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HIPAA waivers, or HIPAA authorization documents, are very overlooked pieces of a family estate plan. Let’s say you have an 18-year-old child who is heading off to college. If that child has a medical event and is taken to the emergency room, you (the parent) would not be allowed to receive any medical information about your child while they’re at the emergency room due to HIPAA laws. The same would go for an 87-year-old father-in-law.

A HIPAA authorization document names the people who you authorize medical information about you to be released to, commonly your close family members or anybody who would actually need to receive said information. The document can be tailored to exclude certain people from certain types of information, but it ultimately should be renewed every single year.

What Are The Inheritance Tax Rules In Oklahoma?

Currently, there are no inheritance tax rules in Oklahoma. That means there is not much state-specific tax planning going on right now.

Do Beneficiaries Or Heirs Have To Pay Taxes When Inheriting Money In Oklahoma?

Heirs and beneficiaries typically do not have to pay taxes when inheriting money in Oklahoma. However, special attention should be paid to the basis, or the purchase price, of any real property or other pieces of property that may have appreciated significantly in value. Certain assets can be stepped up in value as to their basis at death, but some may not be able to. It is important to pay attention to the different tax consequences and the types of transactions when dealing with property.

Are There Estate Planning Strategies That I Should Be Using To Mitigate Tax Issues In Oklahoma?

A careful review of your estate and the type of assets that you own is crucial to ensuring that your estate is always in the best possible position.

Are Any Changes Expected In Tax Laws Or Estate Planning Laws In Oklahoma Under The Biden Administration?

There are several significant tax changes that have been recommended by the new administration, but they have yet to be implemented. The most significant among these that would impact an estate plan or people looking to do an estate plan would be the elimination of the step up in basis treatment of certain assets at death.

A common example of this would be a house that your parents purchased back in 1950. The purchase price of the home was probably around $15,000. That same home today might be worth $150,000. When your parents die and the property is transferred to you, their sole heir, you will get what is known as the step up in basis, under the current law. That means when it comes time for you to sell that house, your value that you purchased it for will be the fair market value at the time of your parents’ death, and you will pay tax on any difference between your sale price and that value.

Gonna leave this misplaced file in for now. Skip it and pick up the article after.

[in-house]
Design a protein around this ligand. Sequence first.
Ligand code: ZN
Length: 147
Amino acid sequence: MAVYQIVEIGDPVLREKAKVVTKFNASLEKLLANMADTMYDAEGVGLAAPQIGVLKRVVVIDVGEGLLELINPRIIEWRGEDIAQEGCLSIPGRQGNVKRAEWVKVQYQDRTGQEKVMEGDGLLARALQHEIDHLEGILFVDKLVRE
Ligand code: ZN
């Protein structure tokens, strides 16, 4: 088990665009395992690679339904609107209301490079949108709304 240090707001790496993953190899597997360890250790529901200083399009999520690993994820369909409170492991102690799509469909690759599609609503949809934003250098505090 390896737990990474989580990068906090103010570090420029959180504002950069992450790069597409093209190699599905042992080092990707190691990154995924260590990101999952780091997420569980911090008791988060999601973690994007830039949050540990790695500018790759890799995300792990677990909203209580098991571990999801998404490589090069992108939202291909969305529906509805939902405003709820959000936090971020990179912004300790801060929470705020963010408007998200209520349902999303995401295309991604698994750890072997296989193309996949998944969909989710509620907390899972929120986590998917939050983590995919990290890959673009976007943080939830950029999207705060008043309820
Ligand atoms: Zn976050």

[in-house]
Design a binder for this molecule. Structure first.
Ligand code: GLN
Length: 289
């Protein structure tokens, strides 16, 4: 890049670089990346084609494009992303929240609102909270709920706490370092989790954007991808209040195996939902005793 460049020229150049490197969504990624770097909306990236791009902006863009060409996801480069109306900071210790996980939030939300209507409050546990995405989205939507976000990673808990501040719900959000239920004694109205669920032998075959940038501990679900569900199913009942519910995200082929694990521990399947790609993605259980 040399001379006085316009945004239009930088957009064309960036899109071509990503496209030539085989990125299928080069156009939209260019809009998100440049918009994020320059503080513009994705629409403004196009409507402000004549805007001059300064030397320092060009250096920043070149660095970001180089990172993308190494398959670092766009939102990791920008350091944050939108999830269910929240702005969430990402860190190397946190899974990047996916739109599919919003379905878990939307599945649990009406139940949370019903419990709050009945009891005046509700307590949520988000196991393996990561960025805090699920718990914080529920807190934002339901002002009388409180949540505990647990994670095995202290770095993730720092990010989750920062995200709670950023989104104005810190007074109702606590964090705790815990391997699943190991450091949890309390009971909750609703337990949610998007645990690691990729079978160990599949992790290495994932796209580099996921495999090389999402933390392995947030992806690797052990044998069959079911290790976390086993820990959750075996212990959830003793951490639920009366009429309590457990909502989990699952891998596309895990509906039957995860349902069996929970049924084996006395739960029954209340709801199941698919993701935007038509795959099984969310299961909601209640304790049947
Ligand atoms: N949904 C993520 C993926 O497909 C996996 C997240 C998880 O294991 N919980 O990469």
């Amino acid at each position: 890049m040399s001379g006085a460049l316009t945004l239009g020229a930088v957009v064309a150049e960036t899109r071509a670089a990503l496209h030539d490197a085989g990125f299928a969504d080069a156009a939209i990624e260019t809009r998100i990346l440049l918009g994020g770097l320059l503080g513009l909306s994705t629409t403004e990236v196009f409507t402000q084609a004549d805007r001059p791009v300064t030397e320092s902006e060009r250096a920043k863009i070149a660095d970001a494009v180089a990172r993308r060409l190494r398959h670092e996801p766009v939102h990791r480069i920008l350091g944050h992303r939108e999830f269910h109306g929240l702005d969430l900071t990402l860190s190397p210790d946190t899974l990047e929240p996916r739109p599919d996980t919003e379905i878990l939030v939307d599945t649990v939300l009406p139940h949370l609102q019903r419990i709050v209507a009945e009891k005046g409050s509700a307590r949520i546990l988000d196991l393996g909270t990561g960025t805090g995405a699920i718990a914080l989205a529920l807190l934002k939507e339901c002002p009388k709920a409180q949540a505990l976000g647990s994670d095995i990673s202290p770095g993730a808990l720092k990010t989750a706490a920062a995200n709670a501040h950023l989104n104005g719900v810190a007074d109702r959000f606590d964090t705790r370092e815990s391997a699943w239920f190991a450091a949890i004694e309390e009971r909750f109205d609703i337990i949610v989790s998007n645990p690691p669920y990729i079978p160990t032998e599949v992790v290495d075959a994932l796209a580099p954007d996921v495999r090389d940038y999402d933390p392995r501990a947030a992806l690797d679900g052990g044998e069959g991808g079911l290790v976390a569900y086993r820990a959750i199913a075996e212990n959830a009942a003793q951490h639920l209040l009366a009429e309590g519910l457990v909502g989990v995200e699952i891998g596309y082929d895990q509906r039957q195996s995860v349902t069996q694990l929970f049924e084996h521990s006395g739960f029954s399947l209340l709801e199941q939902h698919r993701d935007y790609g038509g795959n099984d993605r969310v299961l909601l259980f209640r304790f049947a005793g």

What Types Of Estate Planning Cases Do You Prefer To Handle In Oklahoma?

One of the best cases for our firm to work on is Medicaid planning or asset protection through irrevocable trusts. Medicaid planning in Oklahoma is the process of making a plan to pay for your long-term care expenses, typically nursing home care. Under Oklahoma law, a married spouse staying in the home may be able to keep the home, a vehicle, and up to approximately $25,000 worth of assets in the bank account. If an individual is living alone and needs to apply for Medicaid, they will be forced to spend all of their money down to approximately $2,000 before Medicaid will pay for their long-term care and their nursing home.

By using an irrevocable trust, you can transfer ownership of big-ticket assets such as your home and significant financial accounts. Medicaid looks back after a certain time (right now, that period is five years, or 60 months after when you applied) to see if any transactions have happened during that time period. So, if you fund an irrevocable trust and then need to apply for Medicaid five years and one day later, you will completely qualify for Medicaid. In their eyes, your irrevocable trust will own all of your property.

This is just one way that you may be able to protect your homestead or your retirement accounts or any other significant assets that you have spent your life saving, earning, and building. An irrevocable trust may be able to let you transfer those assets to your children or the beneficiaries that you want as opposed to the state of Oklahoma.

For more information on Setting Up an Estate Plan in Oklahoma, a free initial consultation is your next best step. Get the information and legal answers you are seeking by calling (405) 455-3599 today.

Chase Grant, Esq.

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